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See also: μάγος


Ancient GreekEdit


Of Old Iranian origin presumably akin to Median/Old Persian 𐎶𐎦𐎢𐏁 (maγu-) and Avestan 𐬨𐬊𐬕𐬎 (moġu). Both attested Old Iranian words are hapaxes, and of indeterminable meaning. Perhaps from Proto-Indo-European *meh₂gʰ- (to be able to, to help; power, sorcerer). Probably unrelated to Avestan 𐬨𐬀𐬔𐬀 (maga) (cognate with Sanskrit मघ (magha, gift)). Attestation in Greek predates attestation in Old Iranian. See also μῆχος (mêkhos), μηχανή (mēkhanḗ).


  • (5th BCE Attic) IPA(key): /má.ɡos/
  • (1st CE Egyptian) IPA(key): /ˈma.ɡos/
  • (4th CE Koine) IPA(key): /ˈma.ɣos/
  • (10th CE Byzantine) IPA(key): /ˈma.ɣos/
  • (15th CE Constantinopolitan) IPA(key): /ˈma.ɣos/
  • NounEdit

    Μάγος (Mágosm (genitive Μάγου); second declension

    1. (common, nonspecific) magician, and derogatorily sorcerer, trickster, conjurer, charlatan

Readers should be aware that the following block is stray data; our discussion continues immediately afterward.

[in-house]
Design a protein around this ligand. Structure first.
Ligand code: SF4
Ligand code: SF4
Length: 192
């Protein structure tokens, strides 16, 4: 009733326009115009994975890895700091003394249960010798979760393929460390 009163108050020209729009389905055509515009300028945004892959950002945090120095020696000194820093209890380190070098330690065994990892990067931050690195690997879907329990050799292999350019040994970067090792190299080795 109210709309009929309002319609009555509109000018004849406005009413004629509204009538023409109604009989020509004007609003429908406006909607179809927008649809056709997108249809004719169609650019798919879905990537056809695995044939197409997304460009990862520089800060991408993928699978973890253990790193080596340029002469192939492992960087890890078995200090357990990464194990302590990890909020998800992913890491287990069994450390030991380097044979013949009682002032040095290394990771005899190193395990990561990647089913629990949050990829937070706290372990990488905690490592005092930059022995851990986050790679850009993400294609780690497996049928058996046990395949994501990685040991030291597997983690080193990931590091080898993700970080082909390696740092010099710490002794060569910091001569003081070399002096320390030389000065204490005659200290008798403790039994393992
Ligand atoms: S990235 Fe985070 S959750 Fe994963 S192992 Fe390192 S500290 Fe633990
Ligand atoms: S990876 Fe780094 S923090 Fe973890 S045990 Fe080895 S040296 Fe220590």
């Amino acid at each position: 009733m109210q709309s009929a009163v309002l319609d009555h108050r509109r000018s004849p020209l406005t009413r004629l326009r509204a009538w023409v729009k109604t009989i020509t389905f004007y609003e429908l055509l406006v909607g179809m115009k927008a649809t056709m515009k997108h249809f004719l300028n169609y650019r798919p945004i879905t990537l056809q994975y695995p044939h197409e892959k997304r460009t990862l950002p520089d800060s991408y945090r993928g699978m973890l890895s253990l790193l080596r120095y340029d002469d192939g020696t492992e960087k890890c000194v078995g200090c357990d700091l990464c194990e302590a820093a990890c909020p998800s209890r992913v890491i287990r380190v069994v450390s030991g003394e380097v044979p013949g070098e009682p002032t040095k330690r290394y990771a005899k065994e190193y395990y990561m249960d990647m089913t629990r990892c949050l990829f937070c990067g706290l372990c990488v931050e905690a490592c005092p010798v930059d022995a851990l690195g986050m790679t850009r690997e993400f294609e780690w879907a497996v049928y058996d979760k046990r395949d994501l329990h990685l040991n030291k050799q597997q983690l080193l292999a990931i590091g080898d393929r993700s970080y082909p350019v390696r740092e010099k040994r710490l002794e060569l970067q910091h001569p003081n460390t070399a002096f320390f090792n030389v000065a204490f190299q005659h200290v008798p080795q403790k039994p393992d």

2. (common, specific) a Zoroastrian priest. Compare e.g. Herodotus Hist. 1.132f, Xenophon Cyropedia 8.3.11, Porphyry Life of Pythagoras 12, Heraclitus apud Clemens Protrepticus 12, etc.
    3. (hapax) name of one of the tribes of the Medes. This usage is only attested once; Herodotus Histories 1.101.

    Usage notesEdit

    Note 1: meanings #1 and #2 overlap in classical usage— both derive from the Greek (and generally Hellenistic) identification of "Zoroaster" as the "inventor" of astrology and magic. The first meaning ('magician') derives from the sense of "practitioner of the Zoroaster's craft", and the second meaning ('priest') from the sense of "practitioner of Zoroaster's religion".
    Note 2: meanings #2 and #3 were frequently conflated as one in 18th/19th/early 20th-century usage, giving "name of a Median priestly tribe" or similar. This combined meaning is no longer used in current scholarship.


    Derived termsEdit